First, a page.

4 Exercises to Connect Your Legs and Core

Feeling a disconnect between your legs and the rest of your body can be common among cyclists. This sensation is called an "energy bleed," and it stems from a lack of communication between your core and your legs, which causes your muscles to work independently instead of together as a single, unified group.

Although it can feel like your legs are responsible for doing all the work, your core provides a platform for your legs to push against. If your core is weak, or if it isn't firing properly, you won't be able to produce your full potential power output.

When your body is functioning correctly, energy from your muscles is transferred from the core out to the extremities. But when there is a kink in the line of communication (i.e. your core isn't firing), your leg muscles will have to work harder to produce the same amount of power. As you fatigue, your performance on the bike will suffer.

Try these four exercises that help to connect the legs and core by incorporating movements that require both muscle groups.

More: 3 Medicine Ball Workouts to Build Your Core

High Plank Hold With Windshield Wiper Legs

1. Start in a hold-plank position (push-up position) with your shoulders directly over your hands. This should form a straight line from your shoulders down to your ankle. Be sure not to let your hips ride up too high or sink into a sway back position.

2. Keep your left foot on the ground.

3. Engage your core and pick up your right foot. Bring your right knee to your right elbow.

4. Windshield wiper the same knee over to the left elbow.

5. Repeat this windshield wiper movement fives times to each elbow. Repeat with the opposite leg.

More: 3 Core Exercises From the World's Fittest Man

Walking Lunge With a Twist

1. The key to obtaining maximum core/leg communication with this exercise is to maintain your upper body in a perfectly upright position. Don't slump the shoulders or bend forward at the hips.

2. Hold both arms straight in front of your body with the palms of your hands pressed together.

3. As you step forward with your right foot, open up your right arm and twist your upper body to the right.

4. Squeeze your shoulder blades and work toward getting your hands as far away from each other as possible.

5. Come back up to standing and bring your hands back in front of your body.

6. Step forward with the left leg and bring your left hand behind you. Twist your torso to the left.

7. Complete 10 lunges on each leg.

More: 11 Exercises to Boost Hip Strength

Forearm Plank With Frog Kicks

1. You'll need a set of small hand towels to go under each foot for this exercise.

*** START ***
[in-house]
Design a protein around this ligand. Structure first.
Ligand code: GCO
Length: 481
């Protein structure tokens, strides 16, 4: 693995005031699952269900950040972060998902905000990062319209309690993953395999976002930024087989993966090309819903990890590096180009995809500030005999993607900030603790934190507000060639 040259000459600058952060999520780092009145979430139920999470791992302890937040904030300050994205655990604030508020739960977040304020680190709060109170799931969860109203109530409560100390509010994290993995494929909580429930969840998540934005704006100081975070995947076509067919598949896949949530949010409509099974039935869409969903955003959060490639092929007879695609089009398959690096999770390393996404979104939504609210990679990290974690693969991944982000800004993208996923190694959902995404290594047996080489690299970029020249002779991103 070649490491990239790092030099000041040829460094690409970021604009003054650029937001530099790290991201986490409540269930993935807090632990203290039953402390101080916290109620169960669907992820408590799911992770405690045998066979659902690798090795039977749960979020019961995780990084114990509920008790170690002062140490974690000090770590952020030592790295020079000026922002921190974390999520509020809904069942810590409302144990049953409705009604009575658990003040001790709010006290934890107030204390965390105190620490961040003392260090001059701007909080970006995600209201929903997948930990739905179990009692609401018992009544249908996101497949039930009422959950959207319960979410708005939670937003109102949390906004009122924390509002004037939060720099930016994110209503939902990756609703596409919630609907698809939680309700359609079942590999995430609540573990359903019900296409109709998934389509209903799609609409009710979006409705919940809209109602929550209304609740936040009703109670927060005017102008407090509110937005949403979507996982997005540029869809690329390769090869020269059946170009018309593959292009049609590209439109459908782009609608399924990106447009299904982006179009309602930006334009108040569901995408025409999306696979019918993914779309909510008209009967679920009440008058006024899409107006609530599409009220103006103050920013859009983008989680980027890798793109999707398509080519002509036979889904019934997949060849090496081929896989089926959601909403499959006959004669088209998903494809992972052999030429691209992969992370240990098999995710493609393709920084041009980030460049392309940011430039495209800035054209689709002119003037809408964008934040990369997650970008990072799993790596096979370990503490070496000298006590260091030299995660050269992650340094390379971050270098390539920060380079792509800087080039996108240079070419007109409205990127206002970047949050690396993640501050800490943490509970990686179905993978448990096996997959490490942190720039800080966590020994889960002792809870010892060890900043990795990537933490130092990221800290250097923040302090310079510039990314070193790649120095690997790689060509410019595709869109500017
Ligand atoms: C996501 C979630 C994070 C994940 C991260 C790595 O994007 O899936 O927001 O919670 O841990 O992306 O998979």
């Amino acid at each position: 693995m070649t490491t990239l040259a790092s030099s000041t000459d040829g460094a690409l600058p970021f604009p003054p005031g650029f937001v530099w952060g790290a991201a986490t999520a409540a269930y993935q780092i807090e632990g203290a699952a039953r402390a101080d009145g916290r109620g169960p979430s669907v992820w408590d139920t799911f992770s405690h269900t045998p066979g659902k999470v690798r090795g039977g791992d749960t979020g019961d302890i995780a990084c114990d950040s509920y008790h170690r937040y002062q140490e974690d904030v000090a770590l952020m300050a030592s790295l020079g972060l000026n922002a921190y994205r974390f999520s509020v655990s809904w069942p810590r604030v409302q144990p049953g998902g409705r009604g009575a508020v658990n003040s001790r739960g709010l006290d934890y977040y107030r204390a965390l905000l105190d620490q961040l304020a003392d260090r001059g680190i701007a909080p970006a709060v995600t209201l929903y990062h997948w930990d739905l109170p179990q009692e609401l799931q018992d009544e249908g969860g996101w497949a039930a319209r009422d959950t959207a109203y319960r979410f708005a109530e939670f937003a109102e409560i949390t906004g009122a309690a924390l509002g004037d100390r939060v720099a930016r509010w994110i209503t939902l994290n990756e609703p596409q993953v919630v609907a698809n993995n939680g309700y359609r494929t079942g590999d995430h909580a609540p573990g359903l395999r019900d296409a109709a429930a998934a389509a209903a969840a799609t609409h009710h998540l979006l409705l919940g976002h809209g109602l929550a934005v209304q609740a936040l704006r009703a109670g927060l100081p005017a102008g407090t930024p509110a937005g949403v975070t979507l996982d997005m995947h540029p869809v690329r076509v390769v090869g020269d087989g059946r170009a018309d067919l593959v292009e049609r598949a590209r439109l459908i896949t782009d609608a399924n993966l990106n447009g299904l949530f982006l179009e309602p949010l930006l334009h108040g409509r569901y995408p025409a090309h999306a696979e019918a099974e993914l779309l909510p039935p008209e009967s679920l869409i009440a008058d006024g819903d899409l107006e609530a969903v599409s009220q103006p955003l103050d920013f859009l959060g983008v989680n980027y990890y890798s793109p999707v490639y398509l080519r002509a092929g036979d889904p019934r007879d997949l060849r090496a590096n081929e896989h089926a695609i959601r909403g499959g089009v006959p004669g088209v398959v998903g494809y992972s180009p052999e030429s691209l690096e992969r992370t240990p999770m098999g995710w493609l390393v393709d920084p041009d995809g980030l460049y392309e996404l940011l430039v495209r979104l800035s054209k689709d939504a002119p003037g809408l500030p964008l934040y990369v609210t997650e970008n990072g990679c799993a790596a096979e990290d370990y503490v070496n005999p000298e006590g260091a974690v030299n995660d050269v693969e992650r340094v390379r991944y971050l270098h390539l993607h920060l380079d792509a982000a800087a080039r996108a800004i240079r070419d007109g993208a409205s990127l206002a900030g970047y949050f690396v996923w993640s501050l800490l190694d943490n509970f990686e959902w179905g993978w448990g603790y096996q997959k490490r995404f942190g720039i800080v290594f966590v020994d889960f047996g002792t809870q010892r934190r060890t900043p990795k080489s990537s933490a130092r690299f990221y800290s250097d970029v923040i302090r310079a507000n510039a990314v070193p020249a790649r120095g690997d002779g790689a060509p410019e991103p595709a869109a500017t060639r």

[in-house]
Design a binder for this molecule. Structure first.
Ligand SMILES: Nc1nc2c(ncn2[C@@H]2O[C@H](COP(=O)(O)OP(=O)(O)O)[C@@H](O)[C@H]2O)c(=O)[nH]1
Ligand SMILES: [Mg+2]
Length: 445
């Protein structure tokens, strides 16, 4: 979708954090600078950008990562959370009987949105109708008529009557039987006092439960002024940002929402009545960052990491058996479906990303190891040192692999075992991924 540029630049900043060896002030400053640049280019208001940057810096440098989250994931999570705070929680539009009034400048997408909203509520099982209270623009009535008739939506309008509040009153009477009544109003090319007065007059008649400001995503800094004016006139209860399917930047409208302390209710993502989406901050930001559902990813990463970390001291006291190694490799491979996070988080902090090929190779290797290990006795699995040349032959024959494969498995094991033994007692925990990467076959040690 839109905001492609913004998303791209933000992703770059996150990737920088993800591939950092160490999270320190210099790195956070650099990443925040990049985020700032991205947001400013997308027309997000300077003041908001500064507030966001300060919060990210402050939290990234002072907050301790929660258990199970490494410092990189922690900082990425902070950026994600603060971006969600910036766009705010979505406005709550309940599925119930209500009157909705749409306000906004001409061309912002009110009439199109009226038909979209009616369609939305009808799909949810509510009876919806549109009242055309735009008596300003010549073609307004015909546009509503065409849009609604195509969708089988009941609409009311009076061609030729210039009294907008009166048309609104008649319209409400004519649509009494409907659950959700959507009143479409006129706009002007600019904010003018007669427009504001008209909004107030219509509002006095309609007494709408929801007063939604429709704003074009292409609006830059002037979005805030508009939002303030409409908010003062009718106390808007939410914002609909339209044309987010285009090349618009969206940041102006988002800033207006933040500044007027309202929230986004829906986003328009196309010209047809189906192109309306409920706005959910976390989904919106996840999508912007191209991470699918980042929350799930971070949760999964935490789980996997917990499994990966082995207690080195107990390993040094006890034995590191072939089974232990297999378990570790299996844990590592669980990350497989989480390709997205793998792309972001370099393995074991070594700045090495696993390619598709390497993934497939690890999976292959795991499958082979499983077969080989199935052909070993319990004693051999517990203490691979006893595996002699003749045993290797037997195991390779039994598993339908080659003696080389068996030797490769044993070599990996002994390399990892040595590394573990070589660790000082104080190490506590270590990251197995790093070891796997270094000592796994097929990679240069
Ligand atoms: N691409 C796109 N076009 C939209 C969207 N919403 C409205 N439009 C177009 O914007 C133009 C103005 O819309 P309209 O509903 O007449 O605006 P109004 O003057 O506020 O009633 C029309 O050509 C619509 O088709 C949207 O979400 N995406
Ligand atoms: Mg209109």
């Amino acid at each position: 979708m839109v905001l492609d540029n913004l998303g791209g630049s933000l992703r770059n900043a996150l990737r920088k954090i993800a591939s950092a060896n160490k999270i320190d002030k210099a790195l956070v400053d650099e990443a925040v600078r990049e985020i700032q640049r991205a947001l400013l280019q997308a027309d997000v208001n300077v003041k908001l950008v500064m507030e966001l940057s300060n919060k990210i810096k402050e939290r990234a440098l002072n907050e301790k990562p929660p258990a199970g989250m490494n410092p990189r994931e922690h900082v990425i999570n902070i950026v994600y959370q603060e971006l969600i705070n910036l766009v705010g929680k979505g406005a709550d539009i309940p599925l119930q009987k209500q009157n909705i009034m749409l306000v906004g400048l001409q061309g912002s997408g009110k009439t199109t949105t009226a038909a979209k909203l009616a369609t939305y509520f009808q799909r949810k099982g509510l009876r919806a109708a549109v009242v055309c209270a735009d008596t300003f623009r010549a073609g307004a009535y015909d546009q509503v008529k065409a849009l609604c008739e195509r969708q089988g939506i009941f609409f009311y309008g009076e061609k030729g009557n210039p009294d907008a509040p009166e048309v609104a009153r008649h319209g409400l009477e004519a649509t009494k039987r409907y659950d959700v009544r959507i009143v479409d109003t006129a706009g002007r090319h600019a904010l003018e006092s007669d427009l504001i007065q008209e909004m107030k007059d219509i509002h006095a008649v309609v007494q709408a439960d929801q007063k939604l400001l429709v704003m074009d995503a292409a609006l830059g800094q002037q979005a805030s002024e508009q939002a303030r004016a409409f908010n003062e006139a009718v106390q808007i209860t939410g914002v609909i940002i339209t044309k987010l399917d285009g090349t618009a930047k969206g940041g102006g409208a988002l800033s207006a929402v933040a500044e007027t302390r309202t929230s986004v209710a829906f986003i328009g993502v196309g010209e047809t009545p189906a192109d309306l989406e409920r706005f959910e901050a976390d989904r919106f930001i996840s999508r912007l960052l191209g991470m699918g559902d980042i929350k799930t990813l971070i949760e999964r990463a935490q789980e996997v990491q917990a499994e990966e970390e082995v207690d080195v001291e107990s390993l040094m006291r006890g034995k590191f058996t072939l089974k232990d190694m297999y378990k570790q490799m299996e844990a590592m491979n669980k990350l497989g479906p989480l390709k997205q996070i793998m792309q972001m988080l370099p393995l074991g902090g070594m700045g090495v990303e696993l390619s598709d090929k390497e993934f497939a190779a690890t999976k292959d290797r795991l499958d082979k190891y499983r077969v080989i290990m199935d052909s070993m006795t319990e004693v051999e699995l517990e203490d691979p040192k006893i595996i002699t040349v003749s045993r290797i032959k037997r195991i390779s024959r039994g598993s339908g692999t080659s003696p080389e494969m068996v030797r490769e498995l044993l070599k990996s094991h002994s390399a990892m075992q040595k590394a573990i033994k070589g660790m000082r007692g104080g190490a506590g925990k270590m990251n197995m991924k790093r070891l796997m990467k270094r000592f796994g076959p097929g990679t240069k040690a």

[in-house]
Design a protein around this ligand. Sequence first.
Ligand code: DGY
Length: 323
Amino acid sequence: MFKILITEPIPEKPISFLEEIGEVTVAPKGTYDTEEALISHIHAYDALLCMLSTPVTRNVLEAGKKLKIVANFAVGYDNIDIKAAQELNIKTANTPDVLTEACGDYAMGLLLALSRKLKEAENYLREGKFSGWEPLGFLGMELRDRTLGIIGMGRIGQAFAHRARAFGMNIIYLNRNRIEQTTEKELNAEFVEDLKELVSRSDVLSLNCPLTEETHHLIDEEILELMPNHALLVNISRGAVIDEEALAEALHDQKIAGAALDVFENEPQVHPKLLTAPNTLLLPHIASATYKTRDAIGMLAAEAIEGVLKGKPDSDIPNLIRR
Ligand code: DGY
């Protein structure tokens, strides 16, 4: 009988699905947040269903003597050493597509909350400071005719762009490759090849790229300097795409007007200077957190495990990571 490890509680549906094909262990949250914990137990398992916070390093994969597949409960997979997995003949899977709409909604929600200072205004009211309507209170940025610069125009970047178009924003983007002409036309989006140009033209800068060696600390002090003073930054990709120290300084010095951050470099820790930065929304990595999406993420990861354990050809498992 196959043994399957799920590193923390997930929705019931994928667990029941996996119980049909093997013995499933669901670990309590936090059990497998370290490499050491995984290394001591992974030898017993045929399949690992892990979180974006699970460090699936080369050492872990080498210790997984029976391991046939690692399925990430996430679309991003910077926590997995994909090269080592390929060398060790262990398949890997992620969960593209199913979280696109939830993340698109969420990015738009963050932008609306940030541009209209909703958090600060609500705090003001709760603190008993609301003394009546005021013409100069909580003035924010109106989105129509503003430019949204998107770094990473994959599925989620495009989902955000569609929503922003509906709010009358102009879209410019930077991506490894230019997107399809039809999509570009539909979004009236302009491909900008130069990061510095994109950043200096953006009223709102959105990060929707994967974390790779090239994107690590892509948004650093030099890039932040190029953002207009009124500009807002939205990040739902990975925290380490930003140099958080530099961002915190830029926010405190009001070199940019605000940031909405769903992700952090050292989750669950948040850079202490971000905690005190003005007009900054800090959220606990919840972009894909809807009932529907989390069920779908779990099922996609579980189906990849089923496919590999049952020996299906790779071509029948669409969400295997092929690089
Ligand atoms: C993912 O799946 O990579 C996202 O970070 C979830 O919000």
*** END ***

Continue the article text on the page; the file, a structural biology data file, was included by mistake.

2. Begin in a forearm plank position with a towel under each foot.

3. Slowly slide both knees up under your body into a tuck position. Push both knees out to the sides and frog kick your legs back to the starting position.

4. Complete 10 to 12 repetitions of kicks.

More: 4 Core Exercises to Boost Cycling Power

Around the World Balance Reach

1. For this exercise, you'll need to create a semi-circle of small objects that can be placed on the floor (you can use anything from soup cans to small towels). The width of the semi-circle should be about four feet, and the depth about two feet.

2. Place four objects along this arc; these will serve as your touch targets during the exercise. Stand facing the semi-circle with your feet about 12 inches behind the two outside targets in the semi-circle.

3. Standing on your left foot, bend your knee slightly and reach down with your left hand to touch the farthest object on the left side of the arch.

4. Return to standing. Reach down and touch the next object in the arch, etc. until you've touched all four objects.

5. Switch hands and feet. Now touch each object with your right hand. Complete two sets standing on each leg.

More: 8 Core Exercises for Cyclists

Active logoReady to ride? Search for a cycling event.

About the Author

Allison Westfahl Wagner

Allison Westfahl grew up on a sheep farm in Kansas, went to Yale to study classical music, then finally landed in Denver and began a career in helping people live healthier. She holds a masters degree in exercise science, and certifications from NASM, USAT and FASTER Global. Her expertise in strength training, injury prevention and rehabilitation have been sought out by pro cyclists Tom Danielson, Ryder Hesjedal, Mike Friedman and Scot Hollonbeck. She is the co-author of Tom Danielson's Core Advantage: Core Strength for Cycling's Winning Edge. Find out more at allisonwestfahl.com.
Allison Westfahl grew up on a sheep farm in Kansas, went to Yale to study classical music, then finally landed in Denver and began a career in helping people live healthier. She holds a masters degree in exercise science, and certifications from NASM, USAT and FASTER Global. Her expertise in strength training, injury prevention and rehabilitation have been sought out by pro cyclists Tom Danielson, Ryder Hesjedal, Mike Friedman and Scot Hollonbeck. She is the co-author of Tom Danielson's Core Advantage: Core Strength for Cycling's Winning Edge. Find out more at allisonwestfahl.com.

Discuss This Article